8 Green Vegetables to (Re)discover in the Kitchen this Winter

Our solution to the winter blues? An explosion of green vegetables for a boost of energy! Some of these varieties, including spinach, Swiss chard, Tuscan kale, rapini and broccoli, are lesser known, so we took the opportunity to ask horticultural expert Pierre Gingras (who is also a RICARDO contributor) to present them to you.

1. Mozzarella Arancini and Rapini Pesto

In this version of arancini, a Sicilian specialty, we were inspired by suppli al telefono, rice croquettes stuffed with cheese that are popular in Rome. They are accompanied by a pesto made with rapini, whose bitterness is skilfully balanced by the sweetness of roasted pine nuts and the saltiness of pecorino, a sheep’s milk cheese.


Rapini (a.k.a. broccoli rabe) is in the same family as cabbage and turnip and is a vegetable that grows in cool weather. Delicious from stem to tip, it’s reminiscent of broccoli, but more bitter, and is best eaten when its leaves are green—before the flower buds open. It can be kept for five or six days in the refrigerator.

2. Tuscan Kale and Red Onion Quiche

This is the ideal recipe for an introduction to Tuscan kale (read more about it below). Once baked in the oven with garlic and red onions and then mixed with eggs and cheese, this hearty green is sure to become a new favourite.

Tuscan kale

As the name suggests, this vegetable comes to us from Tuscany, a region in central Italy. It’s considered a type of kale, but its flavour is much milder. Very pretty, its drooping foliage is somewhat reminiscent of palm trees and its leaves are narrow, fleshy, very embossed and dark bluish in colour, sometimes almost black. It is part of the traditional ingredients of minestrone soup and can be kept for more than a week in a cool place.

3. Kitchen Sink Green Vegetable Soup

We use baby spinach and collard greens for this soup, but lots of other green vegetables can also do the trick. The base of chicken, potato, onion, garlic and broth works with everything!

Collard greens

Also considered a type of cabbage (but without the heart), collard greens are known for their thick, flattened leaves with a rather leathery white petiole (or rib), which is usually removed. This vegetable has a pungent taste that fades when blanched. Wrapped in a damp cloth, its leaves can be kept in the refrigerator for four or five days.

4. Sticky Glazed Ribs with Green Vegetable Chiffonade

To accompany these sweet and salty Asian ribs, broccoli and Brussels sprouts are served al dente and coated with nuoc cham sauce.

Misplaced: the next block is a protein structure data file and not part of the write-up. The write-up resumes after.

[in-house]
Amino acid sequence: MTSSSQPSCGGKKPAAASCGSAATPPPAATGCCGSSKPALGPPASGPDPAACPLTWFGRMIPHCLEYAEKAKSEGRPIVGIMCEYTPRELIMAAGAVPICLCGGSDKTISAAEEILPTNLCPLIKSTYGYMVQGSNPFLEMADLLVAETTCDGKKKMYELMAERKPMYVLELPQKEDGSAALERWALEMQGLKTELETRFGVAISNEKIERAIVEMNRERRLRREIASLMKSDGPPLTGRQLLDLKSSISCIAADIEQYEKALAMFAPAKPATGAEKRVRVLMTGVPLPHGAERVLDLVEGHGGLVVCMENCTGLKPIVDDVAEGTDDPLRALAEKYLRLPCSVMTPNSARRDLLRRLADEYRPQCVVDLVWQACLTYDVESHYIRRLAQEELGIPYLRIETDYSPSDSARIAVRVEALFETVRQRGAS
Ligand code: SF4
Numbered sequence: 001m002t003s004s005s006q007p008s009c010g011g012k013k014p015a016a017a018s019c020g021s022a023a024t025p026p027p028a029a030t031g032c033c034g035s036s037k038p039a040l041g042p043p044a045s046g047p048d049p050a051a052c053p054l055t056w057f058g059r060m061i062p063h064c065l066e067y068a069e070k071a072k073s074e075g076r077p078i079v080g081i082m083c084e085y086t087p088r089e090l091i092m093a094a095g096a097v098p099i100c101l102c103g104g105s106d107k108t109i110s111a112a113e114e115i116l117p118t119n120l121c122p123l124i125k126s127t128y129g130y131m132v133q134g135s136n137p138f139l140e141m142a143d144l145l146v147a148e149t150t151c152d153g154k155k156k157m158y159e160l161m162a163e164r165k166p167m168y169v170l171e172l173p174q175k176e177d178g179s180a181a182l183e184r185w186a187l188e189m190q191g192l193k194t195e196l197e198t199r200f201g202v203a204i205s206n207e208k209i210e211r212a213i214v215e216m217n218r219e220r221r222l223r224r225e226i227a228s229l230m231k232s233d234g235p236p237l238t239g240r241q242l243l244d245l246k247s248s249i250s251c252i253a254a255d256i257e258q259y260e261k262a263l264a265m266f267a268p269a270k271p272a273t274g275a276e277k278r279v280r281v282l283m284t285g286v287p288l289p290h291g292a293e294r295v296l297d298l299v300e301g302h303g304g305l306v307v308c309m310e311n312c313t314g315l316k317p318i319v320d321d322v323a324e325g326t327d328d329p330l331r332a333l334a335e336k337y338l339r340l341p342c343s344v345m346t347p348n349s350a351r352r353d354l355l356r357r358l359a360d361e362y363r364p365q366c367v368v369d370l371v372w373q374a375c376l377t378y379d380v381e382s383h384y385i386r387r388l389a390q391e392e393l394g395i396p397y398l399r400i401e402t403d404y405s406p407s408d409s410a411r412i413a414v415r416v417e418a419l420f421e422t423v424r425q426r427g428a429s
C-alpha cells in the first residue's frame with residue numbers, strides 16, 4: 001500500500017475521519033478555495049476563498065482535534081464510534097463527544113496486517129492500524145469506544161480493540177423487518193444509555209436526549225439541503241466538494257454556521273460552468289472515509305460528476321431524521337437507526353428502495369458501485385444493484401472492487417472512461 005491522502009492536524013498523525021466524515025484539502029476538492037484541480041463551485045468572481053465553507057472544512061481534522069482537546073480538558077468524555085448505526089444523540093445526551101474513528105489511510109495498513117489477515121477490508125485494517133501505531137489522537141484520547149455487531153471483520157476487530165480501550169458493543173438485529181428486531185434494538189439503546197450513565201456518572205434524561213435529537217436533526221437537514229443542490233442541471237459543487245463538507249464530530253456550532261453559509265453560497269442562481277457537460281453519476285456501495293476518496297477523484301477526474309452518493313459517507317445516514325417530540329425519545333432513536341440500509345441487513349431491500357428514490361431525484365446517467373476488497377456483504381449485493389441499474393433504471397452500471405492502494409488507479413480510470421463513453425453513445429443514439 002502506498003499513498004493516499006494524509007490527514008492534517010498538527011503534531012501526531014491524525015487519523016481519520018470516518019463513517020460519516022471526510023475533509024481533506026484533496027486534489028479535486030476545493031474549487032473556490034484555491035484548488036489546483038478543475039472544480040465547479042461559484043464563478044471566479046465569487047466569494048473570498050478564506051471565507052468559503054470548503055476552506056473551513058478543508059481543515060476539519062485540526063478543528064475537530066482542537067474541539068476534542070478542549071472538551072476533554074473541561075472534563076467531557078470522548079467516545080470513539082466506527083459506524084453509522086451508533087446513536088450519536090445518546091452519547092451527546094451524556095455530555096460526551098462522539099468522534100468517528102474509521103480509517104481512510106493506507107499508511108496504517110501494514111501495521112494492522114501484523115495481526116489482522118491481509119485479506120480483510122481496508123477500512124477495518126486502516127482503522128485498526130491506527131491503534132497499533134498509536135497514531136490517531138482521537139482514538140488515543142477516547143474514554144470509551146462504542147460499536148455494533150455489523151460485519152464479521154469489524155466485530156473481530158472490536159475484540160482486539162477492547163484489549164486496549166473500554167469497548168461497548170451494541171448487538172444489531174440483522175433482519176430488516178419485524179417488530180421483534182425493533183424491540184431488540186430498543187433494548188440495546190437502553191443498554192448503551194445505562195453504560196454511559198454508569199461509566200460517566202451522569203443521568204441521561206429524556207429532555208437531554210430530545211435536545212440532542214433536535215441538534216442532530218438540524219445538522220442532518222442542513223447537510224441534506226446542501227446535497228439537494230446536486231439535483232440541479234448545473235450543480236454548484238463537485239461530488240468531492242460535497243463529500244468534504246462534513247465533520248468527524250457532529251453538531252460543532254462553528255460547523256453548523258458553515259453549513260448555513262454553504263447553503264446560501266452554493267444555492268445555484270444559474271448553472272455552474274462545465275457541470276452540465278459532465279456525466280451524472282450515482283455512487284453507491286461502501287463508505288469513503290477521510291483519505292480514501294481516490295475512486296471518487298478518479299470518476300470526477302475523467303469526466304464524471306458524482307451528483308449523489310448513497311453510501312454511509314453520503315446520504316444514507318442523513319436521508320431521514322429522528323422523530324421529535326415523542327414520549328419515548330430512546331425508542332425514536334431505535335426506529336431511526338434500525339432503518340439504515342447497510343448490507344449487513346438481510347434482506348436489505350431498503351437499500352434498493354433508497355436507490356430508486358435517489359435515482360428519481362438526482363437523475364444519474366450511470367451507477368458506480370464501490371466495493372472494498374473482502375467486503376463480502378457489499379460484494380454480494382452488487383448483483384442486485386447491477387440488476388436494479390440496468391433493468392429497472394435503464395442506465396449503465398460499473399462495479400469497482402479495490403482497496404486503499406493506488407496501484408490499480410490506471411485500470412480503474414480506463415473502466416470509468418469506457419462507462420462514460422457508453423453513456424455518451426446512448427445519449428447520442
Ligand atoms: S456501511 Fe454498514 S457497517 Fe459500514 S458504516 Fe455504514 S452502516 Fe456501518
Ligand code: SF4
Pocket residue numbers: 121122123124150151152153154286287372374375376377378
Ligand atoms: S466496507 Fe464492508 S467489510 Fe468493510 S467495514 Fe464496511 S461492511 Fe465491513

From the cabbage family, broccoli appeared quite recently in cooking, having only been grown commercially since the 1920s. Its scientific name evokes a shrub whose trunk, leaves and flowers can all be eaten, but it is best consumed green, before its yellow flowers open. There are also beautiful, slightly purple cultivars, such as Burgundy or Early Purple.

5. Seared Tuna with Wilted Swiss Chard and Green Onion Broth

Not sure what to do with Swiss chard? In this recipe, the entire vegetable is used; the stems and leaves are cut into small pieces and pan-fried with peppers, garlic and olives. They accompany sliced tuna steaks in a broth with green onions and chives.

Swiss chard

Swiss chard is a beet that has been cultivated for a long time for its generous spinach-tasting foliage and celery-flavoured chubby petiole. Mutations and crosses have given the stems a variety of very beautiful colours. It can be kept for four or five days in the refrigerator.

6. Coconut Curry Ramen with Chicken and Bok Choy

In this creamy and fragrant soup inspired by the flavours of northern Thai cuisine, baby bok choy are added to the broth right before serving so that they remain very crisp and crunchy.

Bok choy

Bok choy (or pak choi) is a Chinese cabbage that originates from the delta of the Yangtze River in China. It is known for its small, spoon-shaped leaves. Considered one of the first domesticated vegetables, it’s highly regarded in Asian cuisines, especially for its versatility and delicate taste—which offers nuances of cabbage and mustard.

7. Spinach and Tropical Fruit Smoothie Bowl

This smoothie bowl is full of different textures. With its large portion of raw spinach, homemade granola, frozen exotic fruits and creamy avocado, it’s fresh and perfect for a vibrant lunch.


Loved for its slightly embossed leaves, spinach is often used in salads. Some of its varieties are grown specifically to produce “baby” spinach. Usually green, its leaves also display burgundy colours or red veins and stems depending on the variety. In cultivation, spinach prefers cool temperatures. This plant with delicate foliage should be eaten quickly.

8. Crispy Kale and Avocado Toast

These loaded pieces of baguette are a lunchtime delight. Baked with Montreal steak spices, kale becomes crispy, salty and pungent, like chips! Add some extra doses of green with avocado purée and sliced grapes.


More popular than ever, kale is a cabbage that, similar to rapini, comes from around the Mediterranean region. Its curly or embossed leaves that are often fan-shaped emerge from the centre of the plant. In cultivation, it is resistant to snow and light frosts, which improves its flavour and tenderizes its foliage. It can be kept for four or five days in the refrigerator, the leaves lightly wrapped in a damp cloth or paper towel so as to avoid drying out.

Looking for more vegetable dishes? Our vegetable and gratinée recipes are perfect for the colder season: